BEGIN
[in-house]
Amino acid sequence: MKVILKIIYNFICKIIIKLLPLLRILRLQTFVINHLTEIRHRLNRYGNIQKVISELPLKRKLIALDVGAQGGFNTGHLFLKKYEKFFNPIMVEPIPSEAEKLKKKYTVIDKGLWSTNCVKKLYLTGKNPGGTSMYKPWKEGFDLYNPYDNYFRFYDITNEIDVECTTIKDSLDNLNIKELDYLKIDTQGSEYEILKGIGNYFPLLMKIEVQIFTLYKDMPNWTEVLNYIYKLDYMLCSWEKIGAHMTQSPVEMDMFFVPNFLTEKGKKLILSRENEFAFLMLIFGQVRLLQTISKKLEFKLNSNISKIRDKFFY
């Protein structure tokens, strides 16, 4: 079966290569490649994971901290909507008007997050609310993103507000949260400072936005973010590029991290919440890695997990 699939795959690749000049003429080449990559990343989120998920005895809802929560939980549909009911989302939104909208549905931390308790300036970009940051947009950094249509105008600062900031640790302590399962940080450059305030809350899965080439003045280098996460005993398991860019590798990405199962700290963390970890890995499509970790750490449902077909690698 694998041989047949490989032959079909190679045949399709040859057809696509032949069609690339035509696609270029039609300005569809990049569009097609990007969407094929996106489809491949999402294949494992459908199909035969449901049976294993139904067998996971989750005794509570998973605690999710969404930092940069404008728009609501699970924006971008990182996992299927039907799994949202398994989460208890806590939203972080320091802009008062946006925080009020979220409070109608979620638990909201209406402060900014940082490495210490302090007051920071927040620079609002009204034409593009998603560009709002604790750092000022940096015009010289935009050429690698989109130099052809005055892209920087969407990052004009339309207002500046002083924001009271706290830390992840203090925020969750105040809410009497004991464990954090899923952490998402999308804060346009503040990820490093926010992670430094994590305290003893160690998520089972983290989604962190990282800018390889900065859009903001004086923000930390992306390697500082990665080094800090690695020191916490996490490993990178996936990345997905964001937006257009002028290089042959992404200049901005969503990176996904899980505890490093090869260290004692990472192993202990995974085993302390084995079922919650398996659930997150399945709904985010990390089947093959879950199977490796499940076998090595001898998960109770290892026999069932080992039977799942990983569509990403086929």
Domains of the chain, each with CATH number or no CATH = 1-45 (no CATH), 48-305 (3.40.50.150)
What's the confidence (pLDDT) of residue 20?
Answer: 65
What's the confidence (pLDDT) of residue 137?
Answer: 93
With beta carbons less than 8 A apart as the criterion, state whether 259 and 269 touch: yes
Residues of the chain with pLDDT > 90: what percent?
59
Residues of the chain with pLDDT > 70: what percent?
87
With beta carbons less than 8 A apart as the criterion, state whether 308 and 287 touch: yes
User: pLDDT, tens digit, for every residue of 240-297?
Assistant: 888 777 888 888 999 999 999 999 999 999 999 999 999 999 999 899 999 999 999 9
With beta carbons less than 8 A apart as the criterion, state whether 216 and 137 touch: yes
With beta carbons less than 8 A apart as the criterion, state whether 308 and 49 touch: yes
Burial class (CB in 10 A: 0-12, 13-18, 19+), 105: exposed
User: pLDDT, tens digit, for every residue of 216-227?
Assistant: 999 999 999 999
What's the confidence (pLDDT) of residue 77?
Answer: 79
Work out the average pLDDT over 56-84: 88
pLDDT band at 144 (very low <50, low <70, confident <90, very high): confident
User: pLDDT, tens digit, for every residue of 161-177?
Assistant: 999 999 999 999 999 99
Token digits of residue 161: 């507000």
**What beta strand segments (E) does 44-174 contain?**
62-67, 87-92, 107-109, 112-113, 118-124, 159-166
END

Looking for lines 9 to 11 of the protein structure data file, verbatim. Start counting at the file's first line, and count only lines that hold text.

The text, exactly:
With beta carbons less than 8 A apart as the criterion, state whether 259 and 269 touch: yes
Residues of the chain with pLDDT > 90: what percent?
59